Abstract. 1. We study the factors that contribute to the variation in the local abundance of dung beetle species inhabiting Cabañeros National Park, a Mediterranean reserve in Central Spain. The relative roles of five different groups of explanatory variables (climatic, local-scale vegetation, landscape-scale vegetation, landscape connectivity and trophic resources) were assessed for 27 sampling sites established by a nested hierarchical sampling design that considered three regional landscapes (woodland, scrubland, grassland) and three local habitat types (forest, scrub, pasture) within each landscape.
2. Connectivity variables related to the spatial configuration of closed vegetation and distance to patches of open or closed vegetation were the best predictors of the species abundance. Precipitation was the most important climatic variable, whereas grassland area at the local- or landscape-scale and woodland area at the landscape-scale were the most important vegetation variables. Dung resources variables had the lowest explanatory ability.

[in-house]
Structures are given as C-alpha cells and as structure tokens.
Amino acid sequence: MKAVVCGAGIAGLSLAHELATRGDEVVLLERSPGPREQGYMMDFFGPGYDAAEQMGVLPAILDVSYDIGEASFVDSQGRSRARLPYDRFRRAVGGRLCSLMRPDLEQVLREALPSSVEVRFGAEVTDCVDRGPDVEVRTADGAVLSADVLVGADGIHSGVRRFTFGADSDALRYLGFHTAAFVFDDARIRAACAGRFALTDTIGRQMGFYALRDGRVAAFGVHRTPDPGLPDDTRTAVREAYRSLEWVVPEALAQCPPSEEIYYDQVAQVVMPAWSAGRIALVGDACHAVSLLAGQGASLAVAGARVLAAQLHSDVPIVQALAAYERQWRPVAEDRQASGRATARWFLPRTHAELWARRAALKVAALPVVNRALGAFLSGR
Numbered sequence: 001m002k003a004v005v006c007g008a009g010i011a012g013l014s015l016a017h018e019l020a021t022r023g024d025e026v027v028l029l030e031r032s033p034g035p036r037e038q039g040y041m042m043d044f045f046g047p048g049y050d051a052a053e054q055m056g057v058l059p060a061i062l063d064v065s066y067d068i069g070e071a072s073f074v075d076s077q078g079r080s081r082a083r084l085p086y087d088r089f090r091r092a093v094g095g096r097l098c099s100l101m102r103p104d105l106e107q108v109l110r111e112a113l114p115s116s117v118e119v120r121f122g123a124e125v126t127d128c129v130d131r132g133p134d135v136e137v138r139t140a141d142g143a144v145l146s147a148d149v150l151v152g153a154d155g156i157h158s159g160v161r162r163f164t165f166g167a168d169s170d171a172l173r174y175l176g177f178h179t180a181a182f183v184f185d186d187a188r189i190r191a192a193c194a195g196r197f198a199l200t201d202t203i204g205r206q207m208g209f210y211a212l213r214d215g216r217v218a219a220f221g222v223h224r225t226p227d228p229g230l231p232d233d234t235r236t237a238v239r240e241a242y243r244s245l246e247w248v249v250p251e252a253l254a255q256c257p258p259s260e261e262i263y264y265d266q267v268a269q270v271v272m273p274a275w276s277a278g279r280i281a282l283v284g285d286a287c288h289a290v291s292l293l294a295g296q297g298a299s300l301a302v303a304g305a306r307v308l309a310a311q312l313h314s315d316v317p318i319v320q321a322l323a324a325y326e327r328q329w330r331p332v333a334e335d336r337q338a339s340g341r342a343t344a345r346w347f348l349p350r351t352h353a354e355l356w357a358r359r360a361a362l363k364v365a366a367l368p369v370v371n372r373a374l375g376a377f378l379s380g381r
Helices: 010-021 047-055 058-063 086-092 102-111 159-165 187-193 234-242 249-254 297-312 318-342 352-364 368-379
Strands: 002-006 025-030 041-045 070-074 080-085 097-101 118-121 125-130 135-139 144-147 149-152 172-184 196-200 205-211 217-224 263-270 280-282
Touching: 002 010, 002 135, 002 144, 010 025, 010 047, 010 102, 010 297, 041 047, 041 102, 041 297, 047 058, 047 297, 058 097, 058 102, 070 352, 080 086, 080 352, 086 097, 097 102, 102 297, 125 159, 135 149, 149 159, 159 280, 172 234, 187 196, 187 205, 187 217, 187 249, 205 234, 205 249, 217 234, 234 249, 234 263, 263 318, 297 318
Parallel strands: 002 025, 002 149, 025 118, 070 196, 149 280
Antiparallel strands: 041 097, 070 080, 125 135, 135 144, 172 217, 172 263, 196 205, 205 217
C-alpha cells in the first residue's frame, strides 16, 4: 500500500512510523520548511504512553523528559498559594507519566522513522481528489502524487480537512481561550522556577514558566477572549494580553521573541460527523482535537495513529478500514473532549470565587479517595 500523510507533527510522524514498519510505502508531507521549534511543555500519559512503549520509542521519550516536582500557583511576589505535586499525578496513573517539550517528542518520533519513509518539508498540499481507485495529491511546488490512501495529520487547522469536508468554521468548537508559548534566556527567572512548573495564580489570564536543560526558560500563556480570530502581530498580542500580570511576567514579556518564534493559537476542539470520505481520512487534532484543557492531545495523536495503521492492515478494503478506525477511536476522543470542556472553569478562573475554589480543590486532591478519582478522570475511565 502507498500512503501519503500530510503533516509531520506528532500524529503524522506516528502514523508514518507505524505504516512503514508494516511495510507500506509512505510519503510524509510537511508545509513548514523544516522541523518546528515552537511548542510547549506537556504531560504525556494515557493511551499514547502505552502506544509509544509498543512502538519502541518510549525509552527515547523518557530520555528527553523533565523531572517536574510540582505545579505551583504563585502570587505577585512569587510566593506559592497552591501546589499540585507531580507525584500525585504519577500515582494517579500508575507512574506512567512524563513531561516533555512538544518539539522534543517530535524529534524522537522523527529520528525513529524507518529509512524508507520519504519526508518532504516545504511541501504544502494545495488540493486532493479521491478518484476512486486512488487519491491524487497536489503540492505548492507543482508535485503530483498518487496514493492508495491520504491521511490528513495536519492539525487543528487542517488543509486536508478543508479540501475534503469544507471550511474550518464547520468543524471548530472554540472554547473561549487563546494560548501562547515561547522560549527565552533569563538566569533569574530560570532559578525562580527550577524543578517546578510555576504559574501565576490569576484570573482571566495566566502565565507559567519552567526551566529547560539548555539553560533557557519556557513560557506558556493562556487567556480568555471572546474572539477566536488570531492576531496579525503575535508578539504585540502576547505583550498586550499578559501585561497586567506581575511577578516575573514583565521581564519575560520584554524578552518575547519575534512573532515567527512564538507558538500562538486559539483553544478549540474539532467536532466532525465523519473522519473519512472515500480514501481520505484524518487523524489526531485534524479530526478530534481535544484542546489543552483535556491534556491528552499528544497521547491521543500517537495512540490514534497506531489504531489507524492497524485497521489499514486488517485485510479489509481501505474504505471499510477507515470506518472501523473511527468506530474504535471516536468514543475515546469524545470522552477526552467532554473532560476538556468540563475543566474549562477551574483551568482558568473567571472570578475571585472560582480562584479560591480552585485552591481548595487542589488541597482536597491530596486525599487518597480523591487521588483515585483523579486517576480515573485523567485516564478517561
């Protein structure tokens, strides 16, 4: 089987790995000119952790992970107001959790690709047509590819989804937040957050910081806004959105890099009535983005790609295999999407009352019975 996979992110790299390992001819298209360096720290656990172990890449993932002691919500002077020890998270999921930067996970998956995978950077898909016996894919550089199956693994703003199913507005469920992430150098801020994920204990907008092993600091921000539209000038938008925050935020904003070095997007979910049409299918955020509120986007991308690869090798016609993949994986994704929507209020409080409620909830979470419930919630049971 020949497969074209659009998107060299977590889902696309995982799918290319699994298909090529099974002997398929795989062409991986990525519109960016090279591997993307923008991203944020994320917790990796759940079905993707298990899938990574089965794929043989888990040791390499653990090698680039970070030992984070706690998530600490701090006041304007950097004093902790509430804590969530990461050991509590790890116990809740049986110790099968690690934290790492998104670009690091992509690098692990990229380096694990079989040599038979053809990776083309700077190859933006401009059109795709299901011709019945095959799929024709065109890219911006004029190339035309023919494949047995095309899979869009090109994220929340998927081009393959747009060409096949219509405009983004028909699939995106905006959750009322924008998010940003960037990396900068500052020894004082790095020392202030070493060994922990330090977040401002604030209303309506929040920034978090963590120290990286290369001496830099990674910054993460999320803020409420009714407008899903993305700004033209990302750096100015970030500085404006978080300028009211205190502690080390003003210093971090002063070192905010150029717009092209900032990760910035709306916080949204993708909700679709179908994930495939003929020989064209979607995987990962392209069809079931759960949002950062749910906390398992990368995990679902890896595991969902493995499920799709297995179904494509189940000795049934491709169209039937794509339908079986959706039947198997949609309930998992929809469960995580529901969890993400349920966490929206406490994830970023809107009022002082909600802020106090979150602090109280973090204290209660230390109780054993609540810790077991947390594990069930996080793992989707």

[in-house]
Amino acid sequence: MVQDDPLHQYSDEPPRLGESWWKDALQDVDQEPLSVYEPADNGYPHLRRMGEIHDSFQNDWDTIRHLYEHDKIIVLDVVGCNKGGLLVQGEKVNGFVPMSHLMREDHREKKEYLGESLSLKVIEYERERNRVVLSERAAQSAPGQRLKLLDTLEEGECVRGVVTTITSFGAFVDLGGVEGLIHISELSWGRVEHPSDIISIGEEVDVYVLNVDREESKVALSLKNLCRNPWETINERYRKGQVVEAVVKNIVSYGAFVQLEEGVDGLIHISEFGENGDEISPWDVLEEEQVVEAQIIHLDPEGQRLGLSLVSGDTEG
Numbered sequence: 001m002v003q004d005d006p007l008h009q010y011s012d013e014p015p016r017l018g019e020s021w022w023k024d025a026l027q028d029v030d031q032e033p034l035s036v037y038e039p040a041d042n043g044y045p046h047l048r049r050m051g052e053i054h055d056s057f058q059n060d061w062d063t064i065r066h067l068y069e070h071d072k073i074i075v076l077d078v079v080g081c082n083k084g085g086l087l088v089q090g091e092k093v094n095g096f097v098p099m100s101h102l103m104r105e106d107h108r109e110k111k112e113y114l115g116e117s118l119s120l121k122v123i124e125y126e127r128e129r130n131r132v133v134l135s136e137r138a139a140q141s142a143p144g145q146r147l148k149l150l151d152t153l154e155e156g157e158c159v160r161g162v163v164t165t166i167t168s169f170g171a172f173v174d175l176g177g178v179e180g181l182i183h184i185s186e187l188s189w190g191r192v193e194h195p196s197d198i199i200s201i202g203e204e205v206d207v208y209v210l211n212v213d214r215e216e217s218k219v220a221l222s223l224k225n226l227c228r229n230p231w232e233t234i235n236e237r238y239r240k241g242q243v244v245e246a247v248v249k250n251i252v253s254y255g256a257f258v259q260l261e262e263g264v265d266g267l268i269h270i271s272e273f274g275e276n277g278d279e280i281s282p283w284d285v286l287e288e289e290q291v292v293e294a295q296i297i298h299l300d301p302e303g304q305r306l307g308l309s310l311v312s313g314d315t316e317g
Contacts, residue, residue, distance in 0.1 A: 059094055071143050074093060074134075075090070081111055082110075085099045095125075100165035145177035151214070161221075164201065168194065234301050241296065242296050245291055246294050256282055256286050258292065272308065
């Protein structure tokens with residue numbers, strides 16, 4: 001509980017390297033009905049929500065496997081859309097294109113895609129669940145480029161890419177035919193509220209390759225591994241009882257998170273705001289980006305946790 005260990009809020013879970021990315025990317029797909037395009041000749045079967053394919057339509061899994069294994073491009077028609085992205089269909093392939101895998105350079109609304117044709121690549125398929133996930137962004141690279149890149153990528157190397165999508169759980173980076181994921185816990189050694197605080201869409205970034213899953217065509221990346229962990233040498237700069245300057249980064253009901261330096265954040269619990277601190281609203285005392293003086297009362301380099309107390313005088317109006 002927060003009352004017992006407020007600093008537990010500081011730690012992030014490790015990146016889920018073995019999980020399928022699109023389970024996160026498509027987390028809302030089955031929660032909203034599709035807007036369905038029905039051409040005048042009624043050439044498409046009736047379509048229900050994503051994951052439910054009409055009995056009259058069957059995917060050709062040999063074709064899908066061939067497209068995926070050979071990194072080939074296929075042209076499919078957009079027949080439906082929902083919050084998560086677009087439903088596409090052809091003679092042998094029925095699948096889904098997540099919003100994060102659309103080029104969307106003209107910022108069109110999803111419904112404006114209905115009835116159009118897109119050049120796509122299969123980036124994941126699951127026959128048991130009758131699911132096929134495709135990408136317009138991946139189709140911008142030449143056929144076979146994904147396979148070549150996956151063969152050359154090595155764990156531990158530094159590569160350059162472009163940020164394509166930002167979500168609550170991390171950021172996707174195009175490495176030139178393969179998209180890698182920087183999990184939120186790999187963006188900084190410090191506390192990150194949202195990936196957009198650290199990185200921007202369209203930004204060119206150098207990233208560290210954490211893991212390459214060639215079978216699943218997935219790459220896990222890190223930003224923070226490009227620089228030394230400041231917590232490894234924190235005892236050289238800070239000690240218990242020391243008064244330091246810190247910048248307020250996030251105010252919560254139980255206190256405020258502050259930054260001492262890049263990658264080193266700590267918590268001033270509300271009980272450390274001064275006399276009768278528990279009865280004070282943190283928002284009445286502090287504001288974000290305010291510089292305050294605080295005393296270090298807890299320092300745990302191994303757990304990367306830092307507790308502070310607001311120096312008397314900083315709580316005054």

3. More than 60% of the models explained more than 70% of the total variability. Observed and predicted abundance were highly and positively correlated and the mean percentage of absolute predictive errors was approximately 50%. Low-abundance observations had higher predictive errors and model accuracies seemed to be lower for species with narrow distributional ranges and presence in a high number of sampling localities.
4. Mediterranean ecosystems contain a diverse assemblage of dung beetle species whose composition and abundance are influenced by a variety of factors operating across different spatial scales. The most important variables are the spatial configuration and the habitat connectivity around each locality.